On the other hand, Democrat Senator Cory Booker gushed about his “sense of overwhelming joy” that KBJ’s confirmation placed us “on the precipice of shattering another ceiling.” Graham also shot that down, pointing out, “I remember Janice Rogers Brown, the African-American woman … was filibustered by the same people praising you.” Brown was reputedly on the short list for a SCOTUS seat during George W. Bush’s presidency, but a filibuster led by Joe Biden showed Democrats were more than happy to maintain a glass ceiling when it suited them. Maybe “Brown” was just the wrong part of her last name.

Republican Senator Ted Cruz called out Democrat racism explicitly: “As Senator Ted Kennedy said in writing at the time, the Democrats filibustered Miguel Estrada, quote, ‘because he is Hispanic.’ They were explicitly racial. If you are Hispanic or African American, and you dare depart from their political orthodoxy, they will crush you. They will attack you. They will slander you. They will filibuster you.” Fortunately for Jackson, she appears to march in lockstep with leftist ideology and will be spared such racist treatment.

Still, there is one more unusual trait present in KBJ worth considering, besides her philosophy and hairstyle. (Yes, her hair is a topic of discussion, including the fact that Jackson’s distinctively thin dreadlocks can cost hundreds of dollars a year to create and maintain.) As noted above, Jackson thanked her parents and extended family in attendance and, combined, they are something rarely found within most black communities: an intact nuclear family.

In fact, her family is laudable. KBJ noted in her statement that her parents have been married for 54 years, while she and her husband have been wed for 25 and have two daughters. While we know Jackson’s career path, she also mentioned that her brother was a policeman and later an Army officer who served in the Middle East. And the Brown kids came by it honestly, since their father was an attorney and her mother worked to assist the family while her dad went to law school full-time. “Like so many families in this country,” said Jackson, “[my parents] worked long hours and sacrificed to provide their children every opportunity to reach their God-given potential.”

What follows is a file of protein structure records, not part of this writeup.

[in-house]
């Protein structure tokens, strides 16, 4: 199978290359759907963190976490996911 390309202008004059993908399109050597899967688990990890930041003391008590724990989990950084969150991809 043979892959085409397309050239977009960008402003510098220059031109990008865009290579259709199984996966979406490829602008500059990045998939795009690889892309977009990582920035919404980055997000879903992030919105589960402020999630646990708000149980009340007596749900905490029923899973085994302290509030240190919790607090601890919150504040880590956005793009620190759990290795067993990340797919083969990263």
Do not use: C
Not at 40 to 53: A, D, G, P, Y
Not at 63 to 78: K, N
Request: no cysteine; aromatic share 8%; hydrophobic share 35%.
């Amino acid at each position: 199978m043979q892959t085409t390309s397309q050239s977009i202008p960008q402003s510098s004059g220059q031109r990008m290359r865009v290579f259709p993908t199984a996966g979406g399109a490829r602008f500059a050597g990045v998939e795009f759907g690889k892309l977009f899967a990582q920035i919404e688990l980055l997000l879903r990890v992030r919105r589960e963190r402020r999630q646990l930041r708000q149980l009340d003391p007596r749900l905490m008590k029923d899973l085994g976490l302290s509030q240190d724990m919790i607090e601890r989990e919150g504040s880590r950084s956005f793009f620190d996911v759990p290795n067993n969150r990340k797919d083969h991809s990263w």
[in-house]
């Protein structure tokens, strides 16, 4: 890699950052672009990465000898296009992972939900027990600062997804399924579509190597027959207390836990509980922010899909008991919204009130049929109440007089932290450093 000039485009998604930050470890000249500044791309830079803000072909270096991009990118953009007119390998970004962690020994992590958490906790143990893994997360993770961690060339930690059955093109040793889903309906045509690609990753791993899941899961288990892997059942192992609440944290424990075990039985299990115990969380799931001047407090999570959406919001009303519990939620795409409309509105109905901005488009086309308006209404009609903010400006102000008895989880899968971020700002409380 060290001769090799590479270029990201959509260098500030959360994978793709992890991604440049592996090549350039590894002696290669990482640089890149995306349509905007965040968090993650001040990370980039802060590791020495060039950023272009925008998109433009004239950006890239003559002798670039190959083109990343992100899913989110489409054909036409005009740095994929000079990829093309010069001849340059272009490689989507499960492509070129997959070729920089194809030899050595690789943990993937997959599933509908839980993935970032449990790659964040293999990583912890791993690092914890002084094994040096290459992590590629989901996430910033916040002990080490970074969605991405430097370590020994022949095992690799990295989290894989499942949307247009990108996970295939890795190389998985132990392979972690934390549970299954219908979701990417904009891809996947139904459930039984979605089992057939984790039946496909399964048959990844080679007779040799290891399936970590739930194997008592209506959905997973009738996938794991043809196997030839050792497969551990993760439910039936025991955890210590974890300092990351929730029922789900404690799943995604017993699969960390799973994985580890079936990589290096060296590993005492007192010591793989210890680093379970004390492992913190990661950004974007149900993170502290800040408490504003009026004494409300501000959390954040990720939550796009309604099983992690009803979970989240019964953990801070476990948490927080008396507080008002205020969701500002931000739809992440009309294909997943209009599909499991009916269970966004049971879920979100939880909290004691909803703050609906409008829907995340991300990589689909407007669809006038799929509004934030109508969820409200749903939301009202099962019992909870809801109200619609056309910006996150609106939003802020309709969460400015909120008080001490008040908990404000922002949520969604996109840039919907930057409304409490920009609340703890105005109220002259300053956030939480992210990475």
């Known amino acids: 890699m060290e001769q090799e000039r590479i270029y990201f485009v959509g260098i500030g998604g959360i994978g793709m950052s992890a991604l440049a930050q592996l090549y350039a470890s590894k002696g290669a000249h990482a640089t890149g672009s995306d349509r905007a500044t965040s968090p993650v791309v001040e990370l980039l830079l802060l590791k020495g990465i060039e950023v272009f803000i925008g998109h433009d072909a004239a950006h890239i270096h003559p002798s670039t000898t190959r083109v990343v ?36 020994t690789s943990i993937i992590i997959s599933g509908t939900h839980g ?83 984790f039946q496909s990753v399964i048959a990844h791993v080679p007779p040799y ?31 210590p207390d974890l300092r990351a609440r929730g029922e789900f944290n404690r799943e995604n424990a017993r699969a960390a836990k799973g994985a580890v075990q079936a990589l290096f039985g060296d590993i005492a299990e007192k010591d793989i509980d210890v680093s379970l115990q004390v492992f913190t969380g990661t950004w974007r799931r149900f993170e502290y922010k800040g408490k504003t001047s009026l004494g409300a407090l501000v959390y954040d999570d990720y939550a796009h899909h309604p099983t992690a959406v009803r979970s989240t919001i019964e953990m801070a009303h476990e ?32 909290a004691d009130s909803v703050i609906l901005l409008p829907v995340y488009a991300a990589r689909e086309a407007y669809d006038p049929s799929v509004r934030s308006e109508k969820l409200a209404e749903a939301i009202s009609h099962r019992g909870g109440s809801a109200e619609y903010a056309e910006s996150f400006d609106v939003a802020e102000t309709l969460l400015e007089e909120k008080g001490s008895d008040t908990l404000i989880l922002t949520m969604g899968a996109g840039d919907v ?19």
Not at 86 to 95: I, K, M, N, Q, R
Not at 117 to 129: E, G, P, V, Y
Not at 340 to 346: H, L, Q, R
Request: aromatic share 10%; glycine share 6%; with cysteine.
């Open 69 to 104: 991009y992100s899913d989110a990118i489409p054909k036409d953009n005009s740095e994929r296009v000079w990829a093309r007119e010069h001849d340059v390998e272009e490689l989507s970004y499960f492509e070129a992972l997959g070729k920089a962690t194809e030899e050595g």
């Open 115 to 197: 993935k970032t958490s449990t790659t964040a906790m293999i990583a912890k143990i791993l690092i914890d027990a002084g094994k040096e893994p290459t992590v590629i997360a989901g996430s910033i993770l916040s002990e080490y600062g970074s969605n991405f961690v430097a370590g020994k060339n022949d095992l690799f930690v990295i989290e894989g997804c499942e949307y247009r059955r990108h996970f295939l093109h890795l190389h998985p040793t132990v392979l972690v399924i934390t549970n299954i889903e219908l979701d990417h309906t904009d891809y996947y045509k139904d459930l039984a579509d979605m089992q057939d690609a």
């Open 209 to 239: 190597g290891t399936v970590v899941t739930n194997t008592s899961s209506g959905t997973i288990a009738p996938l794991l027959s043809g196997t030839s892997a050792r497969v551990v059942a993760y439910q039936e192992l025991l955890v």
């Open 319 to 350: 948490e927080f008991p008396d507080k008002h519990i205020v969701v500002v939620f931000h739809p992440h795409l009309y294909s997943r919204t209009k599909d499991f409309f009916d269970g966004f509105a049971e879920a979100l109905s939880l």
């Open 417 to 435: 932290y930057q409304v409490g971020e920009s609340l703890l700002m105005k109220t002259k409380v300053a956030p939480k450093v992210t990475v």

“My parents taught me,” she added, “that if I worked hard, and I believed in myself in America, I could do anything or be anything I wanted to be.” That, at least, is quite contrary to the Left’s CRT message of “systemic racism.”

Regardless of whether you agree with KBJ’s judicial philosophy, her family upbringing is a part of the story that’s not going to get a lot of traction because we’re supposed to believe it takes a village to raise a child. Certainly there are a fair share of stories of people overcoming broken homes and other adversity to achieve great things, but studies and common sense dictate that success for children comes more readily from families where the parents get through school, find a job, get married, and then have the kids. This is the order her parents seem to have worked in, and it appears in turn that the Jacksons are setting up their children for success whether or not she’s confirmed for a promotion to the Supreme Court.

On a final and related note, we extend our prayers and well wishes for Justice Clarence Thomas, who is hospitalized with flu-like symptoms.